This is not a new set. Released back in 2008 after all seven seasons had been released previously (and selectively on VHS prior to that), nothing new is included in this collection. However, this is no barebones set, with a decent-enough selection of bonus content to appease fans (though admittedly, the special features grow less special as the seasons wear on):
Season 1: “Tales From The Crypt: From Comic Books To Television” and “The Cryptkeeper’s History of Season One”
Season 2: Behind-The-Screams “Shockumentary” featurette and “Fright and Sound: Bringing the ‘Crypt’ Experience to Radio” (a brief detailing of the 8-episode “Tales” radio dramas produced in 2000)
Season 3: “A Tall Tales Panel” (in which series creators and admirers celebrate the show in a “Crypt” seminar, “Tales From The Crypt Reunion: A Panel Discussion,” and the “Crypt Jam” music video
Season 4: Commentary on “What’s Cookin’” (fan favorite episode starring Reeve, Meat Loaf, Bess Armstrong, and Judd Nelson) by The Cryptkeeper (Kassir), writer A.L. Katz, and series chronicler Digby Diehl
Season 5: “Death Of Some Salesmen” (the ghastly episode featuring Tim Curry in 3 roles and Ed Begley playing against type as a real shitbird) virtual comic book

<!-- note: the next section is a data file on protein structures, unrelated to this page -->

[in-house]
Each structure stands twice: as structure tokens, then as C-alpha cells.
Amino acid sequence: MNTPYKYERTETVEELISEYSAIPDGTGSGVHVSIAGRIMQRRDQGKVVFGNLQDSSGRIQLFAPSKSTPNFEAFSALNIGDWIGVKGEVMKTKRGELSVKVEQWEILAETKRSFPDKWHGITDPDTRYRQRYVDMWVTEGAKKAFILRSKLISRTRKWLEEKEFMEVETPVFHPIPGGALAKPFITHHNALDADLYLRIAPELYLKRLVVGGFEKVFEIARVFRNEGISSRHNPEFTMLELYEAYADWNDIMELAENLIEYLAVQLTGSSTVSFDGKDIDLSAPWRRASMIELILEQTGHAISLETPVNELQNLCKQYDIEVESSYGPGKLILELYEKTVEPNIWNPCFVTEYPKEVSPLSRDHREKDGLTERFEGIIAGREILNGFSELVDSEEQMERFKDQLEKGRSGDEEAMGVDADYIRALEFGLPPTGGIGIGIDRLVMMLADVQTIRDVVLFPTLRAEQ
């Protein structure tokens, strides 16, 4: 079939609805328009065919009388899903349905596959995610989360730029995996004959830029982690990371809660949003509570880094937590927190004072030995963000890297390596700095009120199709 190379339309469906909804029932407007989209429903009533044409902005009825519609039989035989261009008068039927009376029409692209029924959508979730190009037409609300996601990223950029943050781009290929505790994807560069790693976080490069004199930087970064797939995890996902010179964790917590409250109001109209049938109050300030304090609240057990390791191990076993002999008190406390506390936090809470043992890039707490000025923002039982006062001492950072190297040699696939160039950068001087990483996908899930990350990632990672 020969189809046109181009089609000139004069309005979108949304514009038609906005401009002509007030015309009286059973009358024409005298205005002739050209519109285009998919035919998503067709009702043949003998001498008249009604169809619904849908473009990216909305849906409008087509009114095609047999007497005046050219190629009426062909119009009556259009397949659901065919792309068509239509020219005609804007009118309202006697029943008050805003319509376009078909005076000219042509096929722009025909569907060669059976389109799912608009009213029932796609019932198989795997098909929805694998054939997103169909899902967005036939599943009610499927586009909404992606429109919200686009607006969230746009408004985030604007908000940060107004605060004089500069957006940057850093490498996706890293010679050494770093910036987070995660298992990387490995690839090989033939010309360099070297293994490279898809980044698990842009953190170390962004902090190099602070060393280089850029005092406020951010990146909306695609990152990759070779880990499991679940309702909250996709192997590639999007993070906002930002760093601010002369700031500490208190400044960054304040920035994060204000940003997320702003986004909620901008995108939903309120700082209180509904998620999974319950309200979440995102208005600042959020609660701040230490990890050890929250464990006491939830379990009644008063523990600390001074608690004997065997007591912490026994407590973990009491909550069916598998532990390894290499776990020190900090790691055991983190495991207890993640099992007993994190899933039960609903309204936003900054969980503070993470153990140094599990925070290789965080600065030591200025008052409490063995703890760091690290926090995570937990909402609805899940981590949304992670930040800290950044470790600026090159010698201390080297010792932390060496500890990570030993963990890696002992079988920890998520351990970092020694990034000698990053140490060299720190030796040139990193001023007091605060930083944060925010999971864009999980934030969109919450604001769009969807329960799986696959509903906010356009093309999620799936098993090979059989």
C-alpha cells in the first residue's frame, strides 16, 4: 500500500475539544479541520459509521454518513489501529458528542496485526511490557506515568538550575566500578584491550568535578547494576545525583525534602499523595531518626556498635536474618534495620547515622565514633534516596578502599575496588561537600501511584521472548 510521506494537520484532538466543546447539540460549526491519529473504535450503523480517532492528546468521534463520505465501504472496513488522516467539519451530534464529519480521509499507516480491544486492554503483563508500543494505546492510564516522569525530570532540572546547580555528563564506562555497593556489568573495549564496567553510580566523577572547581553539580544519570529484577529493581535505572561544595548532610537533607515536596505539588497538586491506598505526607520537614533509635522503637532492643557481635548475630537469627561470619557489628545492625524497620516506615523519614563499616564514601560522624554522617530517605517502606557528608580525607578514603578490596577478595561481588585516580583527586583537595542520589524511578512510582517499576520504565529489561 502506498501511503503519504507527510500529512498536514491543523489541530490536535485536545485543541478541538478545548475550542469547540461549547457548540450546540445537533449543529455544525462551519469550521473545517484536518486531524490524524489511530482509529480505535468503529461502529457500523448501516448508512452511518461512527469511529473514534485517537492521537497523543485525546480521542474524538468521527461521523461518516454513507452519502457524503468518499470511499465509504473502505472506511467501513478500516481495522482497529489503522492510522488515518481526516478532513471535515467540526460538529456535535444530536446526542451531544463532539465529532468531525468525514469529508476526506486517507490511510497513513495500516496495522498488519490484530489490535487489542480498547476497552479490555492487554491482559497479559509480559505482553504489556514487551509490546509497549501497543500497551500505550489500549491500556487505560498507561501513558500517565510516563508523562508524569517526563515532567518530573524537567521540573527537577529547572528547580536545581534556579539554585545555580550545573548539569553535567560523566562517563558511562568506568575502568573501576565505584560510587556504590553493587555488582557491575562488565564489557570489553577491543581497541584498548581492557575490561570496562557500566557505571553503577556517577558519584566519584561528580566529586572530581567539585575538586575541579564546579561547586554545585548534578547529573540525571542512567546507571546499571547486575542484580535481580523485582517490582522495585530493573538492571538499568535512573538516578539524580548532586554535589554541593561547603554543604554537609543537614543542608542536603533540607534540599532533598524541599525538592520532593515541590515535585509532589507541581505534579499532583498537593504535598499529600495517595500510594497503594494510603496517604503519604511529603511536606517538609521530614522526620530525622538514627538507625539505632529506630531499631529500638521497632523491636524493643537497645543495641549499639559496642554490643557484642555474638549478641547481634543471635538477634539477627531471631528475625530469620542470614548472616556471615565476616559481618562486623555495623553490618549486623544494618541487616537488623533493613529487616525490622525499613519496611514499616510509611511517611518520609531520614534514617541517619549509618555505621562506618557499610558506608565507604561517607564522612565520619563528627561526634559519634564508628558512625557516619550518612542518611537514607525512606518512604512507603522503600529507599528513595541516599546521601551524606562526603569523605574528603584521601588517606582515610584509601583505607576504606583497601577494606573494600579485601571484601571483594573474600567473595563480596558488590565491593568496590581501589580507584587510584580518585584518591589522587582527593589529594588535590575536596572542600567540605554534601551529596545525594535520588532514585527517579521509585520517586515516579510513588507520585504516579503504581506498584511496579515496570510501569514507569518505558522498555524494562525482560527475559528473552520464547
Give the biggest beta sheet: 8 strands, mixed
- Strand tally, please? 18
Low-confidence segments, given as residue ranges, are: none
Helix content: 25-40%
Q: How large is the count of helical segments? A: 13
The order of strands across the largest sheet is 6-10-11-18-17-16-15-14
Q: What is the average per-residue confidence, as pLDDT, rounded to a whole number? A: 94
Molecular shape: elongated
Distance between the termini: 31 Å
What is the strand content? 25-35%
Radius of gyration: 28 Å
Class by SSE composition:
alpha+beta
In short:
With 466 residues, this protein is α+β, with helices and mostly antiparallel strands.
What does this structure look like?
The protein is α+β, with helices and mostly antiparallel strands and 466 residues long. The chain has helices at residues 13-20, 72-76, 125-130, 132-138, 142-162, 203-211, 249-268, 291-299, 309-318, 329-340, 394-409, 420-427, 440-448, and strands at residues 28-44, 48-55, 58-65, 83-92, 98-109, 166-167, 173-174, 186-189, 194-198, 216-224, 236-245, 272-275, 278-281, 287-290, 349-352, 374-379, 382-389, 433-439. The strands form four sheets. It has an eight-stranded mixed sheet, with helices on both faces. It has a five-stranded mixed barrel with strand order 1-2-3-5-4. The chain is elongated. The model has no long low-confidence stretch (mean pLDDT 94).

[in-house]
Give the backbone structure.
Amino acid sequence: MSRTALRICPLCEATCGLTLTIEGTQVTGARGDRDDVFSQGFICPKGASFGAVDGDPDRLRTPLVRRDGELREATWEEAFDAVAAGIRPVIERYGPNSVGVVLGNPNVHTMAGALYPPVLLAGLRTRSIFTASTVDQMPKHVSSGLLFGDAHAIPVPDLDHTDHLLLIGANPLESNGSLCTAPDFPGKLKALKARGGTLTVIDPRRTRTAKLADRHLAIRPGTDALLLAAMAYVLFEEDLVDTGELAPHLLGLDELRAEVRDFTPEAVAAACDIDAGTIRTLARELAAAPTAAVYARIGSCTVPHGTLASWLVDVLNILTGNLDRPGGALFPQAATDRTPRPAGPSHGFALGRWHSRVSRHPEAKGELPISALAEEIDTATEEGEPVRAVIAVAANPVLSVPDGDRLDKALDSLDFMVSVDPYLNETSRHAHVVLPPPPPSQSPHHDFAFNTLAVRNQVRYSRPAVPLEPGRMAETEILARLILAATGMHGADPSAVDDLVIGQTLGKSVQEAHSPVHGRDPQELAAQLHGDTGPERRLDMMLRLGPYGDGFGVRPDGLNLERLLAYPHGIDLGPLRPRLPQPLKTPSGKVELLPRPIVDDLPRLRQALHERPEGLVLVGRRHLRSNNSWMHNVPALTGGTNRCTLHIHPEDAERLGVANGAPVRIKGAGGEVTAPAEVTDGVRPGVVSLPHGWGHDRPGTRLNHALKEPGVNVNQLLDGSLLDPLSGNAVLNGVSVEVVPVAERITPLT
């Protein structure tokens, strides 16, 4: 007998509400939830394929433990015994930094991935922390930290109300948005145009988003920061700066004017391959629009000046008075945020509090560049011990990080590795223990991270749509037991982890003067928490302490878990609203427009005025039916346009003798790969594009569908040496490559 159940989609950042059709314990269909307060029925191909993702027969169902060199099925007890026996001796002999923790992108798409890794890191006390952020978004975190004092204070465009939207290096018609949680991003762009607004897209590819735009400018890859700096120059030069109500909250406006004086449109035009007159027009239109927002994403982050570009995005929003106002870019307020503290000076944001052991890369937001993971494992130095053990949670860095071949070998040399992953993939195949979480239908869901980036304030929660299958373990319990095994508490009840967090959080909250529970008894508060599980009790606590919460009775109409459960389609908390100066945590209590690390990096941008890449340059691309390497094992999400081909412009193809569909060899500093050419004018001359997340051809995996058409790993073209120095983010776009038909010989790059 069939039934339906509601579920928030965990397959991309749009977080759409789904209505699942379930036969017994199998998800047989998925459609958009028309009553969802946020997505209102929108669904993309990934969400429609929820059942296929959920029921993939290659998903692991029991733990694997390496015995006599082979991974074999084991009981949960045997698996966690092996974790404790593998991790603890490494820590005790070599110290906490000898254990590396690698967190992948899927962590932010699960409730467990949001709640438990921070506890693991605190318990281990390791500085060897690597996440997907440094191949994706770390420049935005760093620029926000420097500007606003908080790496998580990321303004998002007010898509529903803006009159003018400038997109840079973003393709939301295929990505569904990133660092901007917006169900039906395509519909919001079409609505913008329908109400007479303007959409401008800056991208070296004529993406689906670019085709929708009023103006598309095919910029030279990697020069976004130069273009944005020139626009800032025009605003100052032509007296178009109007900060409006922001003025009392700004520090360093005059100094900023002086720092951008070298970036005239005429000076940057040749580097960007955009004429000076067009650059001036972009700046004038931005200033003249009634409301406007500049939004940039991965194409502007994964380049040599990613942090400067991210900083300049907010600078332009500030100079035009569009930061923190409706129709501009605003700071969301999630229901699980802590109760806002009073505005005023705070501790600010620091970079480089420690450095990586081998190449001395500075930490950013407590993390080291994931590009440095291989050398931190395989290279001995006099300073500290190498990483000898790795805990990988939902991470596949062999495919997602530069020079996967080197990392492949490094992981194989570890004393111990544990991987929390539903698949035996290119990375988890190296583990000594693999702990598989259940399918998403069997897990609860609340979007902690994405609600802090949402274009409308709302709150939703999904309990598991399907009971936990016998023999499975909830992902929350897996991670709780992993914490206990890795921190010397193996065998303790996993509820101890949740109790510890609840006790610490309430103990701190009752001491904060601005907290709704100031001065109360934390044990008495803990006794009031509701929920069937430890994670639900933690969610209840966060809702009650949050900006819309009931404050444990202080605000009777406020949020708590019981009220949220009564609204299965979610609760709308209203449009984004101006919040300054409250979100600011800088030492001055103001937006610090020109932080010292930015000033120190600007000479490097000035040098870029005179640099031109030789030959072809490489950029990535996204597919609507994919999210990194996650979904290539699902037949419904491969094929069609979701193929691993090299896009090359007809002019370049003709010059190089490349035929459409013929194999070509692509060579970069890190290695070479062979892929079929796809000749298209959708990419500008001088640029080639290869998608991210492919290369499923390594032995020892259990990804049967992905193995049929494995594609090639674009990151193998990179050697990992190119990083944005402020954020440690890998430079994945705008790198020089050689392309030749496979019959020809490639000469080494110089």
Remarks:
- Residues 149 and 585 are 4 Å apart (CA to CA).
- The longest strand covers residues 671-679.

Season 6: “Whirlpool” virtual comic book
Season 7: “Fatal Caper” virtual comic book
Why bring it up now then? Because like “The Hitchhiker” and “Ray Bradbury Theater,” “Tales From The Crypt” is conspicuously absent from HBO Max‘s launch slate on May 27, which instead focuses on a seemingly aimless roster of original programming (and, of course, the exclusive rights of “Friends,” to the tune of $425 million). Could this be a rights issue similar to the one that kept M. Night Shyamalan’s planned 2017 series reboot from happening? Did someone forget to do an HD remaster in time? Is some green studio exec treating “horror” as a dirty word? HBO is mum on the subject, and while mentioning it here in the ether is unlikely to get the ball rolling for a streaming/Blu-ray release–which would also need to be a remaster, as HDTV sets were not available until 1998–at least you know know you can still get your hands on physical media of this important series (and do so while you still can).